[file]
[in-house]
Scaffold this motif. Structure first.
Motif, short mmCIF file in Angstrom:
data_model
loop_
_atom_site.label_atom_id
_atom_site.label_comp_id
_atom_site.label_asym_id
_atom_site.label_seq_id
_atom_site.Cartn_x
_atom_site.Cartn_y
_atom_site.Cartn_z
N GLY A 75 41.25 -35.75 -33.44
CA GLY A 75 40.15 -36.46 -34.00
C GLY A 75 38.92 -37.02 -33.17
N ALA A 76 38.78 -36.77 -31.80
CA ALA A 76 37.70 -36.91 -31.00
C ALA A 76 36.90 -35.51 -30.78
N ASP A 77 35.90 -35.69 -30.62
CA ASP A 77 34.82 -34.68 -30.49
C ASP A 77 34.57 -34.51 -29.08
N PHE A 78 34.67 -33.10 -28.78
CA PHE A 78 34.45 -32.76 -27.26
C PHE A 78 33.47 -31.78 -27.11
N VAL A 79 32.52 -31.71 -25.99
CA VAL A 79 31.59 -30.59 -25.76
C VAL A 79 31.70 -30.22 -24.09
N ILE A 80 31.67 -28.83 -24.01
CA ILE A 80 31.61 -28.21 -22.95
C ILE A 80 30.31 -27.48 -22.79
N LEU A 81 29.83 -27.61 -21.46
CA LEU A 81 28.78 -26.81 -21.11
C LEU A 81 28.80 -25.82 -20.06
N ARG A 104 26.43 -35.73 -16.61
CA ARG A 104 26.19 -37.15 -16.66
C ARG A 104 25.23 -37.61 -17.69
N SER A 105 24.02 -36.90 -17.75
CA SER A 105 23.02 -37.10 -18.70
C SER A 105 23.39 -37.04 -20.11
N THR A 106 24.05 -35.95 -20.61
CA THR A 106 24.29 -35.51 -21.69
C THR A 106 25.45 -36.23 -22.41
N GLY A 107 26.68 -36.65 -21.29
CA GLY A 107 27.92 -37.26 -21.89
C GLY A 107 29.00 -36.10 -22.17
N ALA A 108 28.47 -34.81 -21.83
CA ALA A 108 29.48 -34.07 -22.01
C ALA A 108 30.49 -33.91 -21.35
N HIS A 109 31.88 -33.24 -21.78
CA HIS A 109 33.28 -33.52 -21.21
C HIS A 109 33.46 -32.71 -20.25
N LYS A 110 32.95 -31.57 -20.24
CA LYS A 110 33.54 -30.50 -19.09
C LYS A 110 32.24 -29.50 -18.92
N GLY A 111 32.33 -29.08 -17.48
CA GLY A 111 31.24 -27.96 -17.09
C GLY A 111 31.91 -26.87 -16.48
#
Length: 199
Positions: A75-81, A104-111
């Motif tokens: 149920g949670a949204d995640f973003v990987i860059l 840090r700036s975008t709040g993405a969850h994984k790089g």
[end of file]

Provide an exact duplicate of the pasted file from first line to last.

[in-house]
Scaffold this motif. Structure first.
Motif, short mmCIF file in Angstrom:
data_model
loop_
_atom_site.label_atom_id
_atom_site.label_comp_id
_atom_site.label_asym_id
_atom_site.label_seq_id
_atom_site.Cartn_x
_atom_site.Cartn_y
_atom_site.Cartn_z
N GLY A 75 41.25 -35.75 -33.44
CA GLY A 75 40.15 -36.46 -34.00
C GLY A 75 38.92 -37.02 -33.17
N ALA A 76 38.78 -36.77 -31.80
CA ALA A 76 37.70 -36.91 -31.00
C ALA A 76 36.90 -35.51 -30.78
N ASP A 77 35.90 -35.69 -30.62
CA ASP A 77 34.82 -34.68 -30.49
C ASP A 77 34.57 -34.51 -29.08
N PHE A 78 34.67 -33.10 -28.78
CA PHE A 78 34.45 -32.76 -27.26
C PHE A 78 33.47 -31.78 -27.11
N VAL A 79 32.52 -31.71 -25.99
CA VAL A 79 31.59 -30.59 -25.76
C VAL A 79 31.70 -30.22 -24.09
N ILE A 80 31.67 -28.83 -24.01
CA ILE A 80 31.61 -28.21 -22.95
C ILE A 80 30.31 -27.48 -22.79
N LEU A 81 29.83 -27.61 -21.46
CA LEU A 81 28.78 -26.81 -21.11
C LEU A 81 28.80 -25.82 -20.06
N ARG A 104 26.43 -35.73 -16.61
CA ARG A 104 26.19 -37.15 -16.66
C ARG A 104 25.23 -37.61 -17.69
N SER A 105 24.02 -36.90 -17.75
CA SER A 105 23.02 -37.10 -18.70
C SER A 105 23.39 -37.04 -20.11
N THR A 106 24.05 -35.95 -20.61
CA THR A 106 24.29 -35.51 -21.69
C THR A 106 25.45 -36.23 -22.41
N GLY A 107 26.68 -36.65 -21.29
CA GLY A 107 27.92 -37.26 -21.89
C GLY A 107 29.00 -36.10 -22.17
N ALA A 108 28.47 -34.81 -21.83
CA ALA A 108 29.48 -34.07 -22.01
C ALA A 108 30.49 -33.91 -21.35
N HIS A 109 31.88 -33.24 -21.78
CA HIS A 109 33.28 -33.52 -21.21
C HIS A 109 33.46 -32.71 -20.25
N LYS A 110 32.95 -31.57 -20.24
CA LYS A 110 33.54 -30.50 -19.09
C LYS A 110 32.24 -29.50 -18.92
N GLY A 111 32.33 -29.08 -17.48
CA GLY A 111 31.24 -27.96 -17.09
C GLY A 111 31.91 -26.87 -16.48
#
Length: 199
Positions: A75-81, A104-111
């Motif tokens: 149920g949670a949204d995640f973003v990987i860059l 840090r700036s975008t709040g993405a969850h994984k790089g």